Britain has committed more than 500 million pounds ($560 million) to planting 30,000 hectares (about 74,000 acres) of trees per year between 2020 and 2025.

About 70% of the country’s total area is agricultural land, but currently only a little more than 3% of British land is used for some form of agroforestry, according to Paul Burgess, an agroforestry professor at England’s Cranfield University.

In its 2020 report, the government’s Committee on Climate Change recommended increasing the area of farmland that incorporates trees to 10%, saying it could cut planet-warming emissions by six metric tons per year by 2050.

Burgess noted that planting trees on agricultural land can cut more emissions than planting trees on non-agricultural land, with trees in some cases leading to reduced fertiliser use or a lower density of beef cattle, a key source of climate changing emissions.

But even proponents of agroforestry say making the practice more widespread will not be easy – not least because there is a lack of available trees to plant.

“If agroforestry was to take off at the level that we would all like to see, we don’t have the tree supply (nationally),” said Helen Chesshire, lead farming advocate for the Woodland Trust, which gives grants to farmers to plant trees.

“Currently, we have a bottleneck.”


Farming with trees in a multi-crop system is not a new idea. People have used the technique for thousands of years, including on the British Isles, and it is still the method of choice on vast swathes of the planet.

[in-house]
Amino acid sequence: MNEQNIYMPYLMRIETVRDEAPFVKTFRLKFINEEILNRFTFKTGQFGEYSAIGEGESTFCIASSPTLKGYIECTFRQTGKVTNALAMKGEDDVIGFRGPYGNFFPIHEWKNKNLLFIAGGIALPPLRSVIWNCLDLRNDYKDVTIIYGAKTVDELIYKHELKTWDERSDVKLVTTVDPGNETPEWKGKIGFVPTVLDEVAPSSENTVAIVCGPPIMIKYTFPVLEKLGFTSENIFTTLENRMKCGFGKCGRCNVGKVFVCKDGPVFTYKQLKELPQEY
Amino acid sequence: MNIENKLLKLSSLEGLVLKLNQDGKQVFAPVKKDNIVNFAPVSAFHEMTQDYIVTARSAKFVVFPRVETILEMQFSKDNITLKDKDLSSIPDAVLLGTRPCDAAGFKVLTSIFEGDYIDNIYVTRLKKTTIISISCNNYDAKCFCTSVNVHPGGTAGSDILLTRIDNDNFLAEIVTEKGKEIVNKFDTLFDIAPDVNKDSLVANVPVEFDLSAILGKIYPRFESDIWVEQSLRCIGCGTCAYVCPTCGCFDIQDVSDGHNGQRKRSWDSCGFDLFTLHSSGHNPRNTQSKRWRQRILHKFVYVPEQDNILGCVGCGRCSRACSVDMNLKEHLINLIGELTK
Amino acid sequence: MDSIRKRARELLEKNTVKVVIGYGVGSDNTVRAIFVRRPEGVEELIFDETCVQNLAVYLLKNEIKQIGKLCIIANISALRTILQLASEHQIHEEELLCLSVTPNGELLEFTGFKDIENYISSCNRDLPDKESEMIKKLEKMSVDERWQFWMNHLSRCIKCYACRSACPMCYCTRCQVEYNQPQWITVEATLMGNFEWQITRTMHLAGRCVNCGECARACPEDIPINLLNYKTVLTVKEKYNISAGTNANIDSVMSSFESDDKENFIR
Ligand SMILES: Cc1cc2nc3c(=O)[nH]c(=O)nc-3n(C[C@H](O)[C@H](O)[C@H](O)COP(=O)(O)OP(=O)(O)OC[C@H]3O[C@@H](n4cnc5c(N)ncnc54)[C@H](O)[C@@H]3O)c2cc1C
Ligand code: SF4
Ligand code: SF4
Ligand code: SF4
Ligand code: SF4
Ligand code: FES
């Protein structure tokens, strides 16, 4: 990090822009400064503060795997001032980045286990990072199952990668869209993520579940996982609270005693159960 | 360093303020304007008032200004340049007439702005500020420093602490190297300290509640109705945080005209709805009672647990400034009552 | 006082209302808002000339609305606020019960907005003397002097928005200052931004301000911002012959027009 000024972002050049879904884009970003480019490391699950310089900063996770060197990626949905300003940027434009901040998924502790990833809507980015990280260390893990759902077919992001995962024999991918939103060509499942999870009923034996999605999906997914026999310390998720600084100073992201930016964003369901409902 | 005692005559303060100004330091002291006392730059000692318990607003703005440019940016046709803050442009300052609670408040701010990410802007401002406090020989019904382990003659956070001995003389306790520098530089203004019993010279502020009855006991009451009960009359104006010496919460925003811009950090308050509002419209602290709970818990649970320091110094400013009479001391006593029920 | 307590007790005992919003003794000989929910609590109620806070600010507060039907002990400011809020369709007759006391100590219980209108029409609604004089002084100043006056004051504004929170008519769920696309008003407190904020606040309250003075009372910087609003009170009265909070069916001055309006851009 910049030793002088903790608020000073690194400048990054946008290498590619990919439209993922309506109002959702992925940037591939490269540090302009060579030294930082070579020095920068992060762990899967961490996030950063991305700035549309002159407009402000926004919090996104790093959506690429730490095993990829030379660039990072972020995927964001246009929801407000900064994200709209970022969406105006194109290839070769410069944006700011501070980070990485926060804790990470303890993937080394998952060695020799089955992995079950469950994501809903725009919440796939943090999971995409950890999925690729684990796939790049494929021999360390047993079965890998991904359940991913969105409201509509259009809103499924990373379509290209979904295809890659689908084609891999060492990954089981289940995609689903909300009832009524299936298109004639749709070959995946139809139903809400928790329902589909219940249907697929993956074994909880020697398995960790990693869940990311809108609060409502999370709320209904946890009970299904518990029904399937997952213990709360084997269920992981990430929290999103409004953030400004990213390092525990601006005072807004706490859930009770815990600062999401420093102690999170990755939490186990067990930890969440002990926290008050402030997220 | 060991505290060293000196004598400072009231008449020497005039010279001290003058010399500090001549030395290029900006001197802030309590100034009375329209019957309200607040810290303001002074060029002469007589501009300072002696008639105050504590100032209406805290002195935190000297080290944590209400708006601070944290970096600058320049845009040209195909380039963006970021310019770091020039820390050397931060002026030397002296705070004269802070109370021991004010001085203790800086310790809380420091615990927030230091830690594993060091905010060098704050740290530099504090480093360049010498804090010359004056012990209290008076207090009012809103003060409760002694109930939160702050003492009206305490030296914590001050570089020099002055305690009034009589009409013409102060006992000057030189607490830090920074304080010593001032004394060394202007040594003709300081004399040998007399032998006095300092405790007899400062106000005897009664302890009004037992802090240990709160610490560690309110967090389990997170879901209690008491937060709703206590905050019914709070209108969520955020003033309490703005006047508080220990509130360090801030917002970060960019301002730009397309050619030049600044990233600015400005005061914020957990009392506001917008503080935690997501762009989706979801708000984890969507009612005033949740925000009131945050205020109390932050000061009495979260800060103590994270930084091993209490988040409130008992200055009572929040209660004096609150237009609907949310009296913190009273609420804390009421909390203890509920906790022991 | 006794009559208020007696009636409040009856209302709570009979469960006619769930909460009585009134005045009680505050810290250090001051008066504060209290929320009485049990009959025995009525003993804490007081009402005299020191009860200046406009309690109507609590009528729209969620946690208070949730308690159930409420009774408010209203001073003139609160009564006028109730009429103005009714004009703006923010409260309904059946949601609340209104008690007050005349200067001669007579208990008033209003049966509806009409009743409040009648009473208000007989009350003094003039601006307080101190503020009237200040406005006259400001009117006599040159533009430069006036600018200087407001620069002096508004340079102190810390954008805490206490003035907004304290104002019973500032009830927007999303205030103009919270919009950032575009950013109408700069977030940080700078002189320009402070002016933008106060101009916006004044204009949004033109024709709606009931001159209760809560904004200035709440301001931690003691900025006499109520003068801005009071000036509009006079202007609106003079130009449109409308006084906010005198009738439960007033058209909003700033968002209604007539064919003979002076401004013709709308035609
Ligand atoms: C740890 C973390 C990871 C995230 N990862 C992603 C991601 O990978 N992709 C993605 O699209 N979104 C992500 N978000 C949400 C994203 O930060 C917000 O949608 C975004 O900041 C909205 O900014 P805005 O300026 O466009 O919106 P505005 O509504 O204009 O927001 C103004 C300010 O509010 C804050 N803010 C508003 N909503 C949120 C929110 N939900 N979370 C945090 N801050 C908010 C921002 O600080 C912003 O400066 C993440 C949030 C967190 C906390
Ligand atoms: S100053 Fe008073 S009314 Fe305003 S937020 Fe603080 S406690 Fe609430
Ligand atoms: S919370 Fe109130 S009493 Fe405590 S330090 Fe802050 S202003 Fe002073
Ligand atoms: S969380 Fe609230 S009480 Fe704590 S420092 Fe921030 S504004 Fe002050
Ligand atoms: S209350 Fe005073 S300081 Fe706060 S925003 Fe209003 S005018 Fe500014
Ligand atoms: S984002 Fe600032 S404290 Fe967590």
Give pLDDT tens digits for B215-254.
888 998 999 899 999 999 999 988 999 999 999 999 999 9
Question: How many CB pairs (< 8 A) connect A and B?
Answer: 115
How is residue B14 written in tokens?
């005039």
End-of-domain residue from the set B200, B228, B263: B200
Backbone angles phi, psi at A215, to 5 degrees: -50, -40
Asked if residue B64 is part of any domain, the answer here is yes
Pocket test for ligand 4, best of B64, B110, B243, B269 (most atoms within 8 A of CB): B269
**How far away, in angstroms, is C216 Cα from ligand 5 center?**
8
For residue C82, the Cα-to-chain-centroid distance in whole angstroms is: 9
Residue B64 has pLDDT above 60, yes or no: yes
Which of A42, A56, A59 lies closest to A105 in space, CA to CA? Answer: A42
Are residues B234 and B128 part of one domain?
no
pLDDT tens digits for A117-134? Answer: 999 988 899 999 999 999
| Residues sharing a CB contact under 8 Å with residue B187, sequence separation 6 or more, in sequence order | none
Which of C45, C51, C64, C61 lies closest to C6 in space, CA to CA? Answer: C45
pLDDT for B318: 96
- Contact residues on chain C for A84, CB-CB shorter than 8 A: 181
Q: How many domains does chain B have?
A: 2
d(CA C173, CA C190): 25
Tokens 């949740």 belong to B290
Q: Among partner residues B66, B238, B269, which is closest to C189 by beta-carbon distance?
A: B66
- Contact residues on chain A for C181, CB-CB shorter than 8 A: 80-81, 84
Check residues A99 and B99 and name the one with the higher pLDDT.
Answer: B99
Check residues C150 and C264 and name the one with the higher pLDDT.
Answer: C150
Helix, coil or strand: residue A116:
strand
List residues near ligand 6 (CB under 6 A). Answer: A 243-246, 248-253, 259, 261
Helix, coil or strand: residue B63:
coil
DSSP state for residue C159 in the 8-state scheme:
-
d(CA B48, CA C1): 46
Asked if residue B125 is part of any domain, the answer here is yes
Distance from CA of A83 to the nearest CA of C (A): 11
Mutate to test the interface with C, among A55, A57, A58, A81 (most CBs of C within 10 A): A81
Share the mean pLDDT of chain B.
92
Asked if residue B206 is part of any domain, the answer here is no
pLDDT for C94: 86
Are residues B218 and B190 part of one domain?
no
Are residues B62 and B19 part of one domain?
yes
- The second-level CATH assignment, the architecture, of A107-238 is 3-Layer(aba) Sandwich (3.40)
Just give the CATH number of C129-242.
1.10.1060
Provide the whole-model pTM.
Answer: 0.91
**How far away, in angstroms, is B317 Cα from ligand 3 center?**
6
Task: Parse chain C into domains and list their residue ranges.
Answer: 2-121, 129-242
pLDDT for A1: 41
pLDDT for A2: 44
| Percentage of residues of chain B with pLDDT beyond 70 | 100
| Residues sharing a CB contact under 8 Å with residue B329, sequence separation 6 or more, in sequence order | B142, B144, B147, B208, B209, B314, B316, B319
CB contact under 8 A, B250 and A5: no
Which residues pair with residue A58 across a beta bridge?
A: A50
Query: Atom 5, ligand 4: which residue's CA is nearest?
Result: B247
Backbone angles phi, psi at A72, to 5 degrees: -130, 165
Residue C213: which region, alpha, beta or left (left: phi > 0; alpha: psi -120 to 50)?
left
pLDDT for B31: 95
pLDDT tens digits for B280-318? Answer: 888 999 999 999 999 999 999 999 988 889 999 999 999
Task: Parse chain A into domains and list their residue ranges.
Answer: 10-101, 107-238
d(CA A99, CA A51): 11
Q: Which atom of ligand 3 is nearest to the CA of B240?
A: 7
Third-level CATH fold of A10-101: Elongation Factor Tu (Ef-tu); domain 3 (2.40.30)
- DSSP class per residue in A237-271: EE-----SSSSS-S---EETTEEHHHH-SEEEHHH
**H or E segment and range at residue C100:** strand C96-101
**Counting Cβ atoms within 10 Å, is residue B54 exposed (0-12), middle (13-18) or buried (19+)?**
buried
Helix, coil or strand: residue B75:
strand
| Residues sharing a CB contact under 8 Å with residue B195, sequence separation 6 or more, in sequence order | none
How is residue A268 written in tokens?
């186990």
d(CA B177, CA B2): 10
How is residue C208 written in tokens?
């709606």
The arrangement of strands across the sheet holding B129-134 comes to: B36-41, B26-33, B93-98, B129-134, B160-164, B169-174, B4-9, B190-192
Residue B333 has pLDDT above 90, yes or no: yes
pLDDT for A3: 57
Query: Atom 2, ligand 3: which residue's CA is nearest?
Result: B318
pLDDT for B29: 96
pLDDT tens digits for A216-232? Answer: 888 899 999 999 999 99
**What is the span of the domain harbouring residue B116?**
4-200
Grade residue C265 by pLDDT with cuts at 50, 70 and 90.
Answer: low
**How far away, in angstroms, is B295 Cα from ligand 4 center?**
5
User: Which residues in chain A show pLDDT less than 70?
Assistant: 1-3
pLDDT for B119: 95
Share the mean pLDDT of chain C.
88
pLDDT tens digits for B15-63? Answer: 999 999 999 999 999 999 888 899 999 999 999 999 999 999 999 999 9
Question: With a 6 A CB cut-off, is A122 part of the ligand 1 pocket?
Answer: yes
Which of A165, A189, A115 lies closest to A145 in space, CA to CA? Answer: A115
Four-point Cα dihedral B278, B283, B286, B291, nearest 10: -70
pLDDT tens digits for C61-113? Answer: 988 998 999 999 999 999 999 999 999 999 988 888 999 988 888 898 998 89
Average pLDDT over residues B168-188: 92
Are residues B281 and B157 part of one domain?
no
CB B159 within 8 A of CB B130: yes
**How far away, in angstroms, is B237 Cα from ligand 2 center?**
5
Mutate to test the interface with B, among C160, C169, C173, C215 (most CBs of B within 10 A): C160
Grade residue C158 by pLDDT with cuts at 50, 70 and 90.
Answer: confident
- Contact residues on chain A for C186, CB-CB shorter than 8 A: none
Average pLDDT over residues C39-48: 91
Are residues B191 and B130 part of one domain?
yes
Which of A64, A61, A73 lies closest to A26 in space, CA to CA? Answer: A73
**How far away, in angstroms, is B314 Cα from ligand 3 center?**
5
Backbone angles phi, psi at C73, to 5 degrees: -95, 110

Farmers and other agricultural experts say agroforestry boosts biodiversity, aiding vital pollinators like bees and birds, while reducing instances of pest and disease infestation for both plant crops and livestock.

For instance, spreading fruit or nut trees throughout a crop field, rather than grouping them together in an orchard, makes it harder for disease to jump from tree to tree.

The practice also slows land degradation as trees store nutrients and water in the ground and protect soil against wind erosion, as well as buffering crops against flooding.

All can help counter the effects of rising temperatures and intensifying drought, experts say.

Despite the benefits of multi-crop systems, a range of European and UK agricultural policies, starting in 1962, incentivised farmers to clear trees to grow more monocrops, said Briggs, the Cambridgeshire farmer.

That created “a chasm” between agriculture and forestry, he said, which over the past decade a coalition of farmers, ecologists and nonprofits have been lobbying the British government to close.

Since the United Kingdom left the European Union in 2020, all four of its national governments have announced the development of agroforestry standards and payment programmes to encourage more trees on farms.

“The government now seems to at least accept that trees on farms are no longer an issue, that they are part of the farming system,” said Chesshire of the Woodland Trust.

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